Monty40xi wrote:I guess the question is, can you get more energy from harnessing the electrical charge than you can from using the particle for heat, as in the RTG?
I think it depends on the specific isotopes involved and the efficiency of the thermoelectric conversion. A 10 mCi beta emitter will directly produce 3.7x108
/s = 59 pA. If the beta emitter is Ni-63, then each electron is carrying 67 keV. If you extracted all the energy from the electrons, then this would be 4 microwatts. A 10 mCi source of Ni-63 should mass 0.16 mg, if I've done my math correctly. So, Ni-63 could generate a maximum of 24.5 mW/g. Pu-238 has a decay rate of 17300 mCi/g, so a 10 mCi source contains 0.578 mg Pu, or 0.656 mg PuO2
. Because the decay mode for this isotope spews out 5592 keV alpha particles, the maximum available heat from the conversion of kinetic energy would be 331 microwatts or 505 mW/g. The efficiency of the heat to electricity conversion is ~5%, so the Pu-238 would make about 25 mW of electricity/g PuO2
. Assuming the beta decay to electricity efficiency is ~50% (seems reasonable since the radiation is already current, the electrodes could be shaped to capture a significant fraction of the emitted particles, and the emitted electrons can be used to generate secondary electrons in a gas as the voltage drops), then Ni-63 would generate about 12.3 mW of electricity/g Ni-63. These are pretty close to each other, which gives me some confidence that there would be an isotope that would generate more electricity per gram through beta decay than the thermoelectric conversion of Pu-238.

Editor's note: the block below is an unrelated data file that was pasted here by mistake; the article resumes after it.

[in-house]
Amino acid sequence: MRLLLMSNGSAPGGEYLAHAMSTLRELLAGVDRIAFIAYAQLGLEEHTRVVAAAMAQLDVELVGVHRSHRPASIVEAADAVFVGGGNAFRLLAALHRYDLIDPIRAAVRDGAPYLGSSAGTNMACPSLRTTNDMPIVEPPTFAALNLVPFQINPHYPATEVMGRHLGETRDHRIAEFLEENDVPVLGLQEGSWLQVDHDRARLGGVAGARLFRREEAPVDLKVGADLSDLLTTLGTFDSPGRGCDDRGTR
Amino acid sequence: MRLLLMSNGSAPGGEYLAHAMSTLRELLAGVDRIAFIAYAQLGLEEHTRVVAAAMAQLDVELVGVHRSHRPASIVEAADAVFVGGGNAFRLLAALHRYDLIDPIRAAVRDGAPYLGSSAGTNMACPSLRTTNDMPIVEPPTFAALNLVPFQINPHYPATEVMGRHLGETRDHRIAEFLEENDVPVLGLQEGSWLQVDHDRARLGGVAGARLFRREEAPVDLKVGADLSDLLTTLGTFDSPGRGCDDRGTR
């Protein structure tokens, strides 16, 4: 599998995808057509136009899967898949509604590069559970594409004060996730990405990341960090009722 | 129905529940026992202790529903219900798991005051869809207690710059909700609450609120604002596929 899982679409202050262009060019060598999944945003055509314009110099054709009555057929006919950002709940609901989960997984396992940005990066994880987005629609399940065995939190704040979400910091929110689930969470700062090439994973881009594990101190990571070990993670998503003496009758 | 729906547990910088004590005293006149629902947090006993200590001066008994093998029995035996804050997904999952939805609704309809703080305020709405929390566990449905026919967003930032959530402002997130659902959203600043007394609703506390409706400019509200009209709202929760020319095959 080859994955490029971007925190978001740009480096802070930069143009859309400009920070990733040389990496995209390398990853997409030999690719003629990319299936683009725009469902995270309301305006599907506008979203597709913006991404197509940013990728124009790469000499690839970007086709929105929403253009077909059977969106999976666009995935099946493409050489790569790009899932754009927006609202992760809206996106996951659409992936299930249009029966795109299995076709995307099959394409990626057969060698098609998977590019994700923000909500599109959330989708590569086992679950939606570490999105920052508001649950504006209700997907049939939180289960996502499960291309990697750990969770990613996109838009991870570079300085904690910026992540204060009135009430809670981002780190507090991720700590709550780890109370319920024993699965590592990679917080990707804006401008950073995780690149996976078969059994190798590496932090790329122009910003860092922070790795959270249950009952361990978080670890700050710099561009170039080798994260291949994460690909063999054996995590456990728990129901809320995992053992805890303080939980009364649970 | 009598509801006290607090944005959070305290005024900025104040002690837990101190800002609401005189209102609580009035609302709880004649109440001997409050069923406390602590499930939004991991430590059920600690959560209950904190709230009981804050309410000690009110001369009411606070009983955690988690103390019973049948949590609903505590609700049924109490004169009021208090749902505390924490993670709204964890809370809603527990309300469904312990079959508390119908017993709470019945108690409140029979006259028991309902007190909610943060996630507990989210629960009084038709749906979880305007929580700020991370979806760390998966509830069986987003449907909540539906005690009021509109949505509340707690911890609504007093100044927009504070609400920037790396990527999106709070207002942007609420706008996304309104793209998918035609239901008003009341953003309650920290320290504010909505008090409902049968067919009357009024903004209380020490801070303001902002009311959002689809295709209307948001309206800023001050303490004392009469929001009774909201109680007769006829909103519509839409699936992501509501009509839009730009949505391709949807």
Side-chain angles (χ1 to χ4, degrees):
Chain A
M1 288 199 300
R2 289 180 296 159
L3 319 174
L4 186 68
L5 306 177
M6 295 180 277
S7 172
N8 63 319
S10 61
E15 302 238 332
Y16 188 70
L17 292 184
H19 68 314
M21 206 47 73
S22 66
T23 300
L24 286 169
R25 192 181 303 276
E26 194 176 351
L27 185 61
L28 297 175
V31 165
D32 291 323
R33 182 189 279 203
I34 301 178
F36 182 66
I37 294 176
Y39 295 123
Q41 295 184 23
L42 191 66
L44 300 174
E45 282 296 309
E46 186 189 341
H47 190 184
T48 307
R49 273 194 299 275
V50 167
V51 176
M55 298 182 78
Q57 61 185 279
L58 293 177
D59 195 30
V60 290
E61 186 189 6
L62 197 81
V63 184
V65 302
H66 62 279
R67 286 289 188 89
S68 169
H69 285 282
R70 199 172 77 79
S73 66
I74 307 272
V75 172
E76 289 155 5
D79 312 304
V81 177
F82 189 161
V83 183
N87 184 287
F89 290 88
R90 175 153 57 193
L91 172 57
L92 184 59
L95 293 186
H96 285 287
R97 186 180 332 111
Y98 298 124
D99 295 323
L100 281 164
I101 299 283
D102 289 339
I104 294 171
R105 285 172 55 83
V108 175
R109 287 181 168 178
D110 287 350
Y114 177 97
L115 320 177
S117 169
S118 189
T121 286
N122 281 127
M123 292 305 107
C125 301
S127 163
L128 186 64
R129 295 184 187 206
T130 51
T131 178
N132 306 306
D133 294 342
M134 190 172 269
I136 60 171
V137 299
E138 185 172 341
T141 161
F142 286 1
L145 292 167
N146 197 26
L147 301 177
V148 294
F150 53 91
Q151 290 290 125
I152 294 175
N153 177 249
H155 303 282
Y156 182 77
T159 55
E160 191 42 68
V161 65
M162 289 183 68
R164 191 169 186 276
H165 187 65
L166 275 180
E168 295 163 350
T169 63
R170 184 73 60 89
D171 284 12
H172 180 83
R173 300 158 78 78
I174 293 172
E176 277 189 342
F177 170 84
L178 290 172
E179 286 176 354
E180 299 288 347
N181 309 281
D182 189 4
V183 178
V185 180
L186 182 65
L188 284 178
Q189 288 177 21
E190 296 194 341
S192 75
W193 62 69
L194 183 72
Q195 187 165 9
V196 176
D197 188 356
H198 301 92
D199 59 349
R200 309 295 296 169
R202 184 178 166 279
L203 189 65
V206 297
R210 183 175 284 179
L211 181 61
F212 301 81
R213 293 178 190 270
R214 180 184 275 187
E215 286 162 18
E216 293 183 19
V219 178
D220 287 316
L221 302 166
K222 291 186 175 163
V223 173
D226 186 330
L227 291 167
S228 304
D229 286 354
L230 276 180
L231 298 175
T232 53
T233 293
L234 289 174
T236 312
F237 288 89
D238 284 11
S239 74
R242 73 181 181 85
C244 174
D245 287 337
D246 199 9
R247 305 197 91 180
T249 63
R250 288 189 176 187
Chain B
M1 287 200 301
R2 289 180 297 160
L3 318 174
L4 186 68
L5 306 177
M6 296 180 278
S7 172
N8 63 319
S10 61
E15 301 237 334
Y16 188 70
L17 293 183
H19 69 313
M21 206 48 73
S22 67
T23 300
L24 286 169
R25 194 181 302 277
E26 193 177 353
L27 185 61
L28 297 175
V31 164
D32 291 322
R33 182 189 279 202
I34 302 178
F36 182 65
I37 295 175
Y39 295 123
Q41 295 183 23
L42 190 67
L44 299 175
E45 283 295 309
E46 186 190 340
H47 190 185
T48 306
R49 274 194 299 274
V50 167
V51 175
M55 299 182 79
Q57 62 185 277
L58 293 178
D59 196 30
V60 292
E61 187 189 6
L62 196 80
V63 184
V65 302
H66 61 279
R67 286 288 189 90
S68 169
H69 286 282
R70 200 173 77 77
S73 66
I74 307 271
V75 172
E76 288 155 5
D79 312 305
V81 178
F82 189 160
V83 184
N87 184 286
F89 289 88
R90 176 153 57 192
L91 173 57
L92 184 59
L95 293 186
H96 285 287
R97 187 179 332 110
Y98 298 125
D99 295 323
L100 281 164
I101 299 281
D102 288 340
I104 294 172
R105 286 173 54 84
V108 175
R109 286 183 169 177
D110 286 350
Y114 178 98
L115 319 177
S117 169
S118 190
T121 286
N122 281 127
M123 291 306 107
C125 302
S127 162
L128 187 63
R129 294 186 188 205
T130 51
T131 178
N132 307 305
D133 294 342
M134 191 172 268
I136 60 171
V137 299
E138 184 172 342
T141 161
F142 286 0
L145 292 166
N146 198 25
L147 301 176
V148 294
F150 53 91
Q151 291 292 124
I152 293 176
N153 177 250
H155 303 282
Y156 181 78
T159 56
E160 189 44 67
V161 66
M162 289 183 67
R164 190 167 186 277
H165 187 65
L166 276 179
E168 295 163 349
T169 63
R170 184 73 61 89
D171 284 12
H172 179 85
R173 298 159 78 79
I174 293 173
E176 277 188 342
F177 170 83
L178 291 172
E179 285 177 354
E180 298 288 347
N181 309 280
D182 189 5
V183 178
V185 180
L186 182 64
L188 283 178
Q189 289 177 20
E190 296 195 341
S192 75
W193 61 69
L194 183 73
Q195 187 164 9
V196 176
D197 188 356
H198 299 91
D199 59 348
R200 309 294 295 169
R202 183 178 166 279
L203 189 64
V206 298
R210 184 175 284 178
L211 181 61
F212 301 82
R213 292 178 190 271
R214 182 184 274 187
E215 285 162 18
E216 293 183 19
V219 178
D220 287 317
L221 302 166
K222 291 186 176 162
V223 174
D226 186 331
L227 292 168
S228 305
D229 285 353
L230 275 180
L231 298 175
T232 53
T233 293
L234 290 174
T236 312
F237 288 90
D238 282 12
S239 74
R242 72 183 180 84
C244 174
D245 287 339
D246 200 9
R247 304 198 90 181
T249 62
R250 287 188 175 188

A quick "reasonable-ness" check - the 10 mCi Ni-63 actually generates about 10 nA of current in a gas filled chamber (knocking additional electrons off of the gas as it slows down). Assuming the additional electrons have ~10eV of energy, this means the Ni-63 source would generate ~0.1 microwatts. The same decay rate of Pu-238 generates 16.4 microwatts, so the RTG has a 40-fold increase in electricity production on a gram basis.